Twitpic, EXIF and GPS: I Know Where You Did it Last Summer

Published: 2010-02-10
Last Updated: 2010-02-11 14:51:27 UTC
by Johannes Ullrich (Version: 1)
13 comment(s)

Modern cell phones frequently include a camera and a GPS. Even if a GPS is not included, cell phone towers can be used to establish the location of the phone. Image formats include special headers that can be used to store this information, so called EXIF tags.

In order to test the prevalence of these tags and analyze the information leaked via EXIF tags, we collected 15,291 images from popular image hosting site Twitpic is frequently used together with Twitter. Software on smart phones will take the picture, upload it to twitpix and then post a message on Twitter pointing to the image. Twitpic images are usually not protected and open for all to read who know the URL. The URL is short and incrementing, allowing for easy harvesting of pictures hosted on Twitpic.

We wrote a little script to harvest 15,291 images. A second script was used to analyze the EXIF information embedded in these images. About 10,000 of the images included basic EXIF information, like image resolution and camera orientation. 5247 images included the Camera Model.

Most interestingly: 399 images included the location of the camera at the time the image was taken, and 102 images included the name of the photographer. Correlating the camera model with the photographer field, we found that it was predominantly set for the Canon and Nikon cameras. Only few camera phones had the parameter set.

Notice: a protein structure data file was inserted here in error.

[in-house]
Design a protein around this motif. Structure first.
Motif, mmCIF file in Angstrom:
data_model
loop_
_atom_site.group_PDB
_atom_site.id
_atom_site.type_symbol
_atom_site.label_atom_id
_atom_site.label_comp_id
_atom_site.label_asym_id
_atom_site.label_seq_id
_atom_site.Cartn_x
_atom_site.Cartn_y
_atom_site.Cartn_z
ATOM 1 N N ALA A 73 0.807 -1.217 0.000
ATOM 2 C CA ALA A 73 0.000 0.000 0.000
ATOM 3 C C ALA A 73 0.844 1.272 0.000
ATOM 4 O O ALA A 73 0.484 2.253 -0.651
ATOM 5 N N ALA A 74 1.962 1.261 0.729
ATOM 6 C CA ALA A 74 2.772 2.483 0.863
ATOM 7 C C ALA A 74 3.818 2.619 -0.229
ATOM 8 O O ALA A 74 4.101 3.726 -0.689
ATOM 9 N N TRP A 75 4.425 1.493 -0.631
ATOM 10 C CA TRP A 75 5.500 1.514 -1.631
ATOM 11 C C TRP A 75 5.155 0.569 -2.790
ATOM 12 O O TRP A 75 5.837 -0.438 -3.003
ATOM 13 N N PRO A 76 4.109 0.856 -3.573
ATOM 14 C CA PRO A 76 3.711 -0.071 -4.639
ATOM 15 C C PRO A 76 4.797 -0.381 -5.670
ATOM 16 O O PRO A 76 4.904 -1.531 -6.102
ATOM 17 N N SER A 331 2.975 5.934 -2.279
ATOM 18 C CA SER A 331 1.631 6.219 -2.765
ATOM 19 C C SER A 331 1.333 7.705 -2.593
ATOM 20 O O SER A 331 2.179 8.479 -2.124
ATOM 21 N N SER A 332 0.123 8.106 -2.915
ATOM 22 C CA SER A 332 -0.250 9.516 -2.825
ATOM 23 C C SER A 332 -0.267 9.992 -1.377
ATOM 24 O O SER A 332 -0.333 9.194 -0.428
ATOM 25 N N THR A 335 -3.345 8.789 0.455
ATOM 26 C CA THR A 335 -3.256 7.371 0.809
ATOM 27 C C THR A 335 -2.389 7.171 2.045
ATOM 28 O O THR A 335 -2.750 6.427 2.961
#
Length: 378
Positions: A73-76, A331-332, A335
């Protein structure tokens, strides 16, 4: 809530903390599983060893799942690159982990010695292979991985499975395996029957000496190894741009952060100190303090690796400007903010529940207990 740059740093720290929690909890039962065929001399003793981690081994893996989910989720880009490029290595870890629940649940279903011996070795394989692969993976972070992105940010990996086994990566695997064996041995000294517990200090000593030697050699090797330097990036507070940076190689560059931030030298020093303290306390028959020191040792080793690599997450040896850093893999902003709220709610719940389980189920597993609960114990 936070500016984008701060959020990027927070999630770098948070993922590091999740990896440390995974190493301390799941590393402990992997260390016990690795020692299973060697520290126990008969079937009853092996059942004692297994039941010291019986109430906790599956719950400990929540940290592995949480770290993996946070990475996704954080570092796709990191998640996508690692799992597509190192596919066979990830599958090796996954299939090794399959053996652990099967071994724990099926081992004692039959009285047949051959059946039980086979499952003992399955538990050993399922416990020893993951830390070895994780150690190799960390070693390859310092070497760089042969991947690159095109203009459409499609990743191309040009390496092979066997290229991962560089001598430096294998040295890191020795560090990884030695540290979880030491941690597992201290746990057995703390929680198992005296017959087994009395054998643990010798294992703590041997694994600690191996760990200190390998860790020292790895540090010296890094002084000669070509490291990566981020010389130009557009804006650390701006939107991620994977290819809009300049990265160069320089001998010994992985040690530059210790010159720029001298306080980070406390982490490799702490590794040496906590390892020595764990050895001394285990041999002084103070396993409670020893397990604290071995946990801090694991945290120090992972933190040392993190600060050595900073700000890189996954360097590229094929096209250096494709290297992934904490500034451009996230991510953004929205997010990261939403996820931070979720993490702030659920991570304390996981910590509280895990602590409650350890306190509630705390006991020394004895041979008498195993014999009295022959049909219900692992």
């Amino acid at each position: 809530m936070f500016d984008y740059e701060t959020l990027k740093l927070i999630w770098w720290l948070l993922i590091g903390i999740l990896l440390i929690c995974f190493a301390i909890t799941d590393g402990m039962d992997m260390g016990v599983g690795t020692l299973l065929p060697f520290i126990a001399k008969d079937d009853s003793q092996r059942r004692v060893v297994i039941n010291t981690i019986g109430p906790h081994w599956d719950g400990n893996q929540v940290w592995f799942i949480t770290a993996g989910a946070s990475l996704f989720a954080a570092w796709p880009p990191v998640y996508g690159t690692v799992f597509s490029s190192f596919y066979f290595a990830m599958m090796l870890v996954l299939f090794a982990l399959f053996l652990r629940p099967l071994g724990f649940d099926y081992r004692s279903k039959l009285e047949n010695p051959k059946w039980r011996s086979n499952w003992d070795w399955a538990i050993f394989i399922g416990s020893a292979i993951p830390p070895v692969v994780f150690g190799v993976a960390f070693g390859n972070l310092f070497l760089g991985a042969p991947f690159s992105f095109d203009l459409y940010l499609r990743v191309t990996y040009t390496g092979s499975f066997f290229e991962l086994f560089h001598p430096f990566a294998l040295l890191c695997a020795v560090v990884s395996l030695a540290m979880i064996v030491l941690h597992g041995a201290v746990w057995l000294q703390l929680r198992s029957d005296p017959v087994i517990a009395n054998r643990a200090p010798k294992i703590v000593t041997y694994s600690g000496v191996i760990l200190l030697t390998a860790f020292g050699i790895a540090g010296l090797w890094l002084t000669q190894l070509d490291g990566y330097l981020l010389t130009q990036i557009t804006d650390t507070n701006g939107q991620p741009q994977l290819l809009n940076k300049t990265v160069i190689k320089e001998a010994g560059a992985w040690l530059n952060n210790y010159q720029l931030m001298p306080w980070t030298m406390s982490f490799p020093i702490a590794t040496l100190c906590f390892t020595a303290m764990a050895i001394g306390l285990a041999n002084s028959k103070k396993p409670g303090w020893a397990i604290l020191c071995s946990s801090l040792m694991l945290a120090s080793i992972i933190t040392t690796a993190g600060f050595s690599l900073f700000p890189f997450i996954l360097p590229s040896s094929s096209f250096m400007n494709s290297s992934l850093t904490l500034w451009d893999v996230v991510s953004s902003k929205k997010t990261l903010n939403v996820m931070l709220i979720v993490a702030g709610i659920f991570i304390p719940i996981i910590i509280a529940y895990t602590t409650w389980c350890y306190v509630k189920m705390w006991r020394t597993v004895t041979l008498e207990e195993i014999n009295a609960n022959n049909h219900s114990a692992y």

GPS coordinates where only set for phones, with one single exception (a Nikon Point and Shoot camera, which does not appear to come with a build in GPS. The location may have been added manually or by an external GPS unit). The lion share of images that included GPS tags came from iPhones.

The iPhone is including the most EXIF information among the images we found. The largest EXIF data set we found can be found here. It not only includes the phone's location, but also accelerometer data showing if the phone was moved at the time the picture was taken and the readout from the build in compass showing in which direction the phone was pointed at the time.

Figure 1: Pictures with GPS coordinates broken down by Phone manufacturer.


Figure 2: Geographic Distribution of Images


Now the obvious question: Anything interesting in these pictures? The images all the way up north shows an empty grocery store (kind of like in the DC area these days). The picture at the Afghan - Pakistan border shows a pizza... Osama got away again I guess.

The scripts used for this can be found here: (two scripts, also needs "exiftools" to pull out the data).

Johannes B. Ullrich, Ph.D.
SANS Technology Institute

Keywords: cameras exif gps twitpix
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